International Lesson Plans
Exploring Major-Based Campus Involvement presentations
LC Innovation Zone - plan a class workshop in the LCIZ, with a focus on skills helpful in your field!
Majors and Career Planning
Students usually have a long list of beliefs about majors and many of them are wrong. Deciding on a major and planning for a future career can be very stressful for students who feel as if they have to go at it alone and are unsure of how to work with their advisor. More than half of our students will most likely change their major, so we should give them the tools they need to make that decision.
As students transition into the University setting and begin their college experience, many of them struggle with self-awareness because it is not something they have had to deal with in the past. Self-awareness has been shown to have a huge impact on students learning processes and outcomes. Learning about one’s own personal needs, strengths and weakness is just the start to becoming self-aware. (Steiner, 2014)
Strategic Learning is more than textbook reading strategies. Many high school scholars enter their college career as “passive learners who possess rote-level strategies for learning” that may have worked in high school, but make learning and studying much more difficult at the college level." (Simpson, 2000)
What Type of Learner Are You assessment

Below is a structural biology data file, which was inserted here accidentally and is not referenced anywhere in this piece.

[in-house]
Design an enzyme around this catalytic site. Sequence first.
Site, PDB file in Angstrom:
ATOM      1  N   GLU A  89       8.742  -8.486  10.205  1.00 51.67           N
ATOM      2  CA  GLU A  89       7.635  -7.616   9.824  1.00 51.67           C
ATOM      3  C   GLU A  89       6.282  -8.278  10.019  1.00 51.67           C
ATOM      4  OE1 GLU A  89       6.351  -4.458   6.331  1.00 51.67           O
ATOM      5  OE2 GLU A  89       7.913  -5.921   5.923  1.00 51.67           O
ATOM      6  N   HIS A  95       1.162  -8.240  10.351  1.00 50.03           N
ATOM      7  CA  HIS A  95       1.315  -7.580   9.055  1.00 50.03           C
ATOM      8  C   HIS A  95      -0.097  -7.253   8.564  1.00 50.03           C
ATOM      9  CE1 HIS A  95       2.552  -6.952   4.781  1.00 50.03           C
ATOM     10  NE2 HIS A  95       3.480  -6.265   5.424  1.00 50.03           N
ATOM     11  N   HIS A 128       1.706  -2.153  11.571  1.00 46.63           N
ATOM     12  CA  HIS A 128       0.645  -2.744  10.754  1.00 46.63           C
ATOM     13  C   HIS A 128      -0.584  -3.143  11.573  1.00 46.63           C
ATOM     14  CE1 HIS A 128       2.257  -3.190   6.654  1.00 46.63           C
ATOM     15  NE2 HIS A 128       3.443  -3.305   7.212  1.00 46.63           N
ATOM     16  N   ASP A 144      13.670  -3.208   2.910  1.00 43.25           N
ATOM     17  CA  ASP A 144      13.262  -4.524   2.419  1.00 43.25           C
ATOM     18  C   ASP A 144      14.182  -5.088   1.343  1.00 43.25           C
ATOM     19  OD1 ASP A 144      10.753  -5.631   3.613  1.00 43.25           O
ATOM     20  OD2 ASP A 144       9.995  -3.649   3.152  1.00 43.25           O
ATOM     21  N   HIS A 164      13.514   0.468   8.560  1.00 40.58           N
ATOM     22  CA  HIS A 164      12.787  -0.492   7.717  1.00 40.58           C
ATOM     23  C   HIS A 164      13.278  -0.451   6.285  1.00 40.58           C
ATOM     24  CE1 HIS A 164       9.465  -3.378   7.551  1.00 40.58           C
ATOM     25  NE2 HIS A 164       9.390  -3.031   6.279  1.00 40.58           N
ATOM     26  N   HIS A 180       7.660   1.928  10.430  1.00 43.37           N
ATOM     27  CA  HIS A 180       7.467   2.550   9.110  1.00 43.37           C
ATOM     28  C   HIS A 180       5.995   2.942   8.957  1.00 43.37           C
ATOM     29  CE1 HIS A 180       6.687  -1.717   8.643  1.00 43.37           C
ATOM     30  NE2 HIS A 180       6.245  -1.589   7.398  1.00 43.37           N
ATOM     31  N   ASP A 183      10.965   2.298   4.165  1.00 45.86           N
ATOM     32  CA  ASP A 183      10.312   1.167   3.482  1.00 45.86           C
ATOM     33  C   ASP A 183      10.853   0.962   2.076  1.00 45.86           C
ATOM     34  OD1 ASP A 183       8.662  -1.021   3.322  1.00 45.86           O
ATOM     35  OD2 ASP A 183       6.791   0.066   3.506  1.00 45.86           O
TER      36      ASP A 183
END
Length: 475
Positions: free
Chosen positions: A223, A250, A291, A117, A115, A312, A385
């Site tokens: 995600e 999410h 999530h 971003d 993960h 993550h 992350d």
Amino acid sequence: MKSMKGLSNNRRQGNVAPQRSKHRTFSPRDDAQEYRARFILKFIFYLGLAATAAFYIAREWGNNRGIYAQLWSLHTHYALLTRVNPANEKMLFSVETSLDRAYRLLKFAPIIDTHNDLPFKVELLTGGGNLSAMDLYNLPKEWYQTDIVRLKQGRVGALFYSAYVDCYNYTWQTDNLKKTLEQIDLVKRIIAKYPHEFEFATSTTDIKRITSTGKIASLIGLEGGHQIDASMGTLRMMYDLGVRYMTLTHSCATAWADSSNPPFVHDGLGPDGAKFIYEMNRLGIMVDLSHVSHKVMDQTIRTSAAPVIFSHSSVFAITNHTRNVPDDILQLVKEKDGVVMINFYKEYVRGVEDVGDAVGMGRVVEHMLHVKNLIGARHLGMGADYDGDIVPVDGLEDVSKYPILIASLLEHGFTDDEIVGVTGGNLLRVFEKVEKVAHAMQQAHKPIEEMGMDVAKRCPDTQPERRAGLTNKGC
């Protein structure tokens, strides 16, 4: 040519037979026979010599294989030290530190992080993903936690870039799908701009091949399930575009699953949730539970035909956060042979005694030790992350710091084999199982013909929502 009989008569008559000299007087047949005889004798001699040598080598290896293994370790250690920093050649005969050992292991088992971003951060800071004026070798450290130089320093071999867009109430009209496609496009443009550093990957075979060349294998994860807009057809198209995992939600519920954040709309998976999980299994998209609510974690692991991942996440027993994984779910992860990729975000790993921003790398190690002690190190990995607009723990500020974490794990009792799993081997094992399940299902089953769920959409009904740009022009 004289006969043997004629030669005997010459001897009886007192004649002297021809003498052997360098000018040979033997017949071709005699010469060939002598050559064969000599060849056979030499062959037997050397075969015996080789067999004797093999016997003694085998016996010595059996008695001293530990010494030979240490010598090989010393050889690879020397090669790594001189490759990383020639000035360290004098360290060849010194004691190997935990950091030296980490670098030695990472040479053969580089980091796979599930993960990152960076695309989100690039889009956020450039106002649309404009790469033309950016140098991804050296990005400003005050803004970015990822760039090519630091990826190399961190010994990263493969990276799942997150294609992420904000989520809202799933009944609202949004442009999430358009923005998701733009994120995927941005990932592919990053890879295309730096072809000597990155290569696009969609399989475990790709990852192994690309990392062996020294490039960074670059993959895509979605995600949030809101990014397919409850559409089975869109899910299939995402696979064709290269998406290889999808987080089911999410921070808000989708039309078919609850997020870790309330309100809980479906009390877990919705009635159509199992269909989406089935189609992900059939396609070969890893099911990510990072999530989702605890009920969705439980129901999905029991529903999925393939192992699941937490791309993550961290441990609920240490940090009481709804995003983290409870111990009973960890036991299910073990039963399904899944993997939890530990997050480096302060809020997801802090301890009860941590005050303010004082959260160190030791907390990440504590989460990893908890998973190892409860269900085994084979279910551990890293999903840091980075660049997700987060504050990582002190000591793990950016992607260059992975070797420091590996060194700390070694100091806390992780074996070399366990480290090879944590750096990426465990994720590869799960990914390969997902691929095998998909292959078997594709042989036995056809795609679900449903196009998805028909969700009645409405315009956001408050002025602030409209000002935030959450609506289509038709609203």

Closing the Semester
Instructor Articles – Active Learning and Classroom Management
Stop-Start-Continue Activity for Mid-Semester Class Feedback
Cavanagh, S. (2017). All of the Classroom's a Stage.
Cavanagh, S. (2019). How to Make Your Teaching More Engaging.
Cooper and Robinson. Getting Started: Informal Small-Group Strategies in Large Classes.
Gooblar, D. (2018). Your Students Learn by Doing, Not by Listening.
Judson, G. (2017). Play Matters: Six Play-Full Practices For Higher Education.
Moseley, A. & Whitton, N. (2015). Playful learning: using games to enhance the student experience, Higher Education Academy.
Murphy, A. (2019). 4 Ways to Get Students Moving in Class.
Nørgård, RT, Toft-Nielsen, C. & Whitton, N. (2017). Playful learning in higher education: developing a signature pedagogy.
Rice, L. (2009). Playful Learning
Richardson, L. (2018). Six Simple Ways to Get Your Students Talking
Romaniuk, S.N. (2018). Collaborative And Active Learning In Higher Education Classrooms.
Walsh, A. and Clementson, J. (2017). Reasons to play in Higher Education.